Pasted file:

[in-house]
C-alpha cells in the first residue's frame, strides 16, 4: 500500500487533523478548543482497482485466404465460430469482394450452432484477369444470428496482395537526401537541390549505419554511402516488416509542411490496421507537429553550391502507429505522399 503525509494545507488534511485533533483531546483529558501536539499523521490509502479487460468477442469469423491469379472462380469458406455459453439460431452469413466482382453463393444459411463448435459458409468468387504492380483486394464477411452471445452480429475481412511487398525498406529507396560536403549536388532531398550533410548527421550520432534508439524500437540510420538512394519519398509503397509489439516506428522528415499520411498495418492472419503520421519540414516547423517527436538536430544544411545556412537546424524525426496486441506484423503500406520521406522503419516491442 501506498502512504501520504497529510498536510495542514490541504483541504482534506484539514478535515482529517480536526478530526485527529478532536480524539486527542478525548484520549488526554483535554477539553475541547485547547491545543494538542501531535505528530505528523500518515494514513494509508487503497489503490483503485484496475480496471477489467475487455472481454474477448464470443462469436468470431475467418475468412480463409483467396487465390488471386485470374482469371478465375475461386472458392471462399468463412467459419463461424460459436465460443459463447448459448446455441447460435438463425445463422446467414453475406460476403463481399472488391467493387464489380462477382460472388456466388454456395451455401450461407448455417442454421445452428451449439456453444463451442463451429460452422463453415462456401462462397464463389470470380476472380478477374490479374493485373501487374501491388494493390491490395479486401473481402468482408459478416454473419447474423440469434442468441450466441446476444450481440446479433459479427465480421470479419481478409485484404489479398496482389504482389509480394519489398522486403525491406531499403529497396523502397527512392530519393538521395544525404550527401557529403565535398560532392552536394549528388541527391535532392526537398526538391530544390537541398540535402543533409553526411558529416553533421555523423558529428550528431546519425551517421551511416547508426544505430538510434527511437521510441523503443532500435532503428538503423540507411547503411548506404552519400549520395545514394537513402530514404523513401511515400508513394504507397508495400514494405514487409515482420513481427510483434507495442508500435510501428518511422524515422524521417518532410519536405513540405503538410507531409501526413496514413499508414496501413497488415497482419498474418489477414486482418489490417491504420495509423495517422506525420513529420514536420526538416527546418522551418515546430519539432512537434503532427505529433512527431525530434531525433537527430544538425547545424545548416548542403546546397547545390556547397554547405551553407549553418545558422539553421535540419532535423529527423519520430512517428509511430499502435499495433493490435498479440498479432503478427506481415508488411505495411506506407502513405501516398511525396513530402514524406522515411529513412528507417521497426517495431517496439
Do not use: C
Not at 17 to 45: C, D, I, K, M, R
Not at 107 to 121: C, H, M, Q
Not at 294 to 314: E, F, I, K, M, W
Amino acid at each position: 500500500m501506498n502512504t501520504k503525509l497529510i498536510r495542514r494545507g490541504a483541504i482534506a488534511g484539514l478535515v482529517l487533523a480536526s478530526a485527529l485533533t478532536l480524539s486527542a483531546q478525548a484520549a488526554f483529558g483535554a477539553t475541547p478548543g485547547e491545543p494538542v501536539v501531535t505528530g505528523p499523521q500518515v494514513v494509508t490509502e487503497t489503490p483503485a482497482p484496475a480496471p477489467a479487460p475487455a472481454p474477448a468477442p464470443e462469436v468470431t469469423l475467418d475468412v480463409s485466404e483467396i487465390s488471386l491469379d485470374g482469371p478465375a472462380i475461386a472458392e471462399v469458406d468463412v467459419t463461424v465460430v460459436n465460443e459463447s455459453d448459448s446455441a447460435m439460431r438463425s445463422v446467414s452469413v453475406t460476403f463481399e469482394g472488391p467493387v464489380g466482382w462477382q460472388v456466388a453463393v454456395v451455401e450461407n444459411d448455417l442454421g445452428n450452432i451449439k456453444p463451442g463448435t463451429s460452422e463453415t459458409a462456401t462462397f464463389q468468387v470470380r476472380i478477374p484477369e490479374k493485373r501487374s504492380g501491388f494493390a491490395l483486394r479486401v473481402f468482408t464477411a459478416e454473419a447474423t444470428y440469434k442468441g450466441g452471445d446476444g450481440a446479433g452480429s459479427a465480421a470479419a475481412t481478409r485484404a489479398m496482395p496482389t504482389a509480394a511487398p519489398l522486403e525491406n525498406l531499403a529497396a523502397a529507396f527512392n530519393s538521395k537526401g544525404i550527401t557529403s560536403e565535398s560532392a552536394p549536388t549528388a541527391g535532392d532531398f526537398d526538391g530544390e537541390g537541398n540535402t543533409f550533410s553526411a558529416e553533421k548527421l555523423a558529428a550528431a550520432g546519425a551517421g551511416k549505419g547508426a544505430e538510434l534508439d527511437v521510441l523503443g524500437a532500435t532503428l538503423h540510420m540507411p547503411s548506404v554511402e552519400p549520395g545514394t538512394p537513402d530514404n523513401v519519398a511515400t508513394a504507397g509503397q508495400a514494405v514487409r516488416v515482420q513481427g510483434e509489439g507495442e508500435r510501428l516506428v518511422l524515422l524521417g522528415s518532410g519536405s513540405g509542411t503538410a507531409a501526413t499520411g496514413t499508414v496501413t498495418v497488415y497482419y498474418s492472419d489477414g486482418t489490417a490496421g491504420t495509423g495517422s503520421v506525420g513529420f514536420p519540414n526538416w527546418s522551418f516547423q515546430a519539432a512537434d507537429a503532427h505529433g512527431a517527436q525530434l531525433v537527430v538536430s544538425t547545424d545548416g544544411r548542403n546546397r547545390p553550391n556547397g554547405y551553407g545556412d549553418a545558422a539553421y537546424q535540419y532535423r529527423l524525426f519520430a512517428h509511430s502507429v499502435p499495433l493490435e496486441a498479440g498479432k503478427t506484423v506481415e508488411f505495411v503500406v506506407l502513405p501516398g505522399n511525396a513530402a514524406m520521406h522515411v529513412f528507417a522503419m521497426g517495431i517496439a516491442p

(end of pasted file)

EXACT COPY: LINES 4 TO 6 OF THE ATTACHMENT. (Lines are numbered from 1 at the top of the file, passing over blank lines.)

Not at 17 to 45: C, D, I, K, M, R
Not at 107 to 121: C, H, M, Q
Not at 294 to 314: E, F, I, K, M, W